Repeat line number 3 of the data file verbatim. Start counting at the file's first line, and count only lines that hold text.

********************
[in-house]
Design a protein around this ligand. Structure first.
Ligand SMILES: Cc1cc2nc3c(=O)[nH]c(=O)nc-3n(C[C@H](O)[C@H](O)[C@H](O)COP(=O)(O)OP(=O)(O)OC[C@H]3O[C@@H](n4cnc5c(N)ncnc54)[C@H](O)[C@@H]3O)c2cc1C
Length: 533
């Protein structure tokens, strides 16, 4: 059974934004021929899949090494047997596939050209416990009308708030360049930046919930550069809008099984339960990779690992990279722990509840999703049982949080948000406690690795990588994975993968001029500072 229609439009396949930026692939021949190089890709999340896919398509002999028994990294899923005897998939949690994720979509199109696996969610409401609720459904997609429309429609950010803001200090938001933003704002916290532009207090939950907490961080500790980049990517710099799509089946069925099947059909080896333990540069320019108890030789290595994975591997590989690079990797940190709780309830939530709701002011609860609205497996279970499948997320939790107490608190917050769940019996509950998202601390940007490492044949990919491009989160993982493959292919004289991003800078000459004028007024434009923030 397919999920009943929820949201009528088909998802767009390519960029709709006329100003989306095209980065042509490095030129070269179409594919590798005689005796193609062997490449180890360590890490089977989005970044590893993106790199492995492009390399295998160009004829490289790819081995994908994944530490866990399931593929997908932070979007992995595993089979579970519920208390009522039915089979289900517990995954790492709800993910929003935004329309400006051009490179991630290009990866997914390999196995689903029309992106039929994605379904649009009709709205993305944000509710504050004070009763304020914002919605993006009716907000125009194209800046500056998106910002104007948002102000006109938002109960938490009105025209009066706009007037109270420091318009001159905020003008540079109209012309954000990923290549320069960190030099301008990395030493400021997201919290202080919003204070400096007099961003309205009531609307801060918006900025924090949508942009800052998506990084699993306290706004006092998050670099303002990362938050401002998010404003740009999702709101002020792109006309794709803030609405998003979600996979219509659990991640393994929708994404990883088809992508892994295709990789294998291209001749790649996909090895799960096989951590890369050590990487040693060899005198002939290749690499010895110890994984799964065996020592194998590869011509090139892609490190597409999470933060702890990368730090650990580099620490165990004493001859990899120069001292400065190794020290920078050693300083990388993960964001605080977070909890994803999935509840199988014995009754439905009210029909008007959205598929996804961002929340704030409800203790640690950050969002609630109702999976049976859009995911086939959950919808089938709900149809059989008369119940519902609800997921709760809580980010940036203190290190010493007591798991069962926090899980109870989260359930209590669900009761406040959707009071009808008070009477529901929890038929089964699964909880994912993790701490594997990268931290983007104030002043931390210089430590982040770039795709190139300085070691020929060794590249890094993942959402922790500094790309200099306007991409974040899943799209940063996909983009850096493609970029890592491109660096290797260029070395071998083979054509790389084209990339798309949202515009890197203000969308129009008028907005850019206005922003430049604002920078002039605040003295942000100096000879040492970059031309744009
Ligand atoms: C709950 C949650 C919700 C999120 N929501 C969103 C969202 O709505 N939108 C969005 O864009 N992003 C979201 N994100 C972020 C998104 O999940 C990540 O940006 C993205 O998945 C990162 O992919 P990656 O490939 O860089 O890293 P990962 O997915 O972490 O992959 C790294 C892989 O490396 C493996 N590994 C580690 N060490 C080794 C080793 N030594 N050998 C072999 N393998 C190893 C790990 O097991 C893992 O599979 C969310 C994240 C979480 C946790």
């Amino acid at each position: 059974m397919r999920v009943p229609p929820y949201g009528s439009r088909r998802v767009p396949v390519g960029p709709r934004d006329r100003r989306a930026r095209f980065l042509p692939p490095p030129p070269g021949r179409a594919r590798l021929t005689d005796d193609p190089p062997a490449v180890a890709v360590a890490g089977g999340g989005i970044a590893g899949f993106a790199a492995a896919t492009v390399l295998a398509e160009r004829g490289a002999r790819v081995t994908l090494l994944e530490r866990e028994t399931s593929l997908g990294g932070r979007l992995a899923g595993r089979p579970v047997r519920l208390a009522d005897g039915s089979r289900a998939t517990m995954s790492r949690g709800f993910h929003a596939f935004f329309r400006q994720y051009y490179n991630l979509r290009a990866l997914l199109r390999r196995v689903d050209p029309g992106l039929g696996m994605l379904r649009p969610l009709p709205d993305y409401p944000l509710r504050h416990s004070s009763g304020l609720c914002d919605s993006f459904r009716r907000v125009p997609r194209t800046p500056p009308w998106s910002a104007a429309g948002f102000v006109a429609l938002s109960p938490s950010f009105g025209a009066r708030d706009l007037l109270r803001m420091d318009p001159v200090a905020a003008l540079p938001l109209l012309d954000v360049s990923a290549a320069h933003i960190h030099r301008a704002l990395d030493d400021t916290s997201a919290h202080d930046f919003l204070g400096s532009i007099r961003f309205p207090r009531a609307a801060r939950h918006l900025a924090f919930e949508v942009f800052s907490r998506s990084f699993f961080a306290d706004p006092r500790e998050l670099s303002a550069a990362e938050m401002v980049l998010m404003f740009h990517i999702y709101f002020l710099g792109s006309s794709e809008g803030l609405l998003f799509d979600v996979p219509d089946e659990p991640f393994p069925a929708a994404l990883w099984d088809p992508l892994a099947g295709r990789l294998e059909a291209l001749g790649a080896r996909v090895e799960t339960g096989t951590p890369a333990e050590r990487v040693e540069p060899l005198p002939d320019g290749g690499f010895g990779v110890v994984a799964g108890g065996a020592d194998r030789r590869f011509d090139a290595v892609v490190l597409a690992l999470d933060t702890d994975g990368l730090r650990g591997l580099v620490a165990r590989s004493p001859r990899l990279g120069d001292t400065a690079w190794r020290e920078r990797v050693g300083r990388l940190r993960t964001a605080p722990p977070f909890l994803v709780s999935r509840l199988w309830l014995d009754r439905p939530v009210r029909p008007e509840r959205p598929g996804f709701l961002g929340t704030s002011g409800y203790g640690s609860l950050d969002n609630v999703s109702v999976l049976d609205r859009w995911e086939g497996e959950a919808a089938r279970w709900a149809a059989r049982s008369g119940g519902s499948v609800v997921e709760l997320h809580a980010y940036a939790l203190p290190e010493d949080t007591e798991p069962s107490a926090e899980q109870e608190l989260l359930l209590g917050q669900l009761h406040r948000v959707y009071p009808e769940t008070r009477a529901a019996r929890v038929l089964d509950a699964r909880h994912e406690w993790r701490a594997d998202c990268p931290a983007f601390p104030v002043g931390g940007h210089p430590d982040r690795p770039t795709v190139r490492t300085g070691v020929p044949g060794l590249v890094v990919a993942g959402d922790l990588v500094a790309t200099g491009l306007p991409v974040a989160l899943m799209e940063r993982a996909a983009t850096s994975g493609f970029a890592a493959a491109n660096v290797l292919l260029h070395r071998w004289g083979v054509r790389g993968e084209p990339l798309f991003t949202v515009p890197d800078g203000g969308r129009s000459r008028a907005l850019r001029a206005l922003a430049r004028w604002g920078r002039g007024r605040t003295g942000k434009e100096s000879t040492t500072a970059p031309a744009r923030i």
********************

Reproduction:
Ligand SMILES: Cc1cc2nc3c(=O)[nH]c(=O)nc-3n(C[C@H](O)[C@H](O)[C@H](O)COP(=O)(O)OP(=O)(O)OC[C@H]3O[C@@H](n4cnc5c(N)ncnc54)[C@H](O)[C@@H]3O)c2cc1C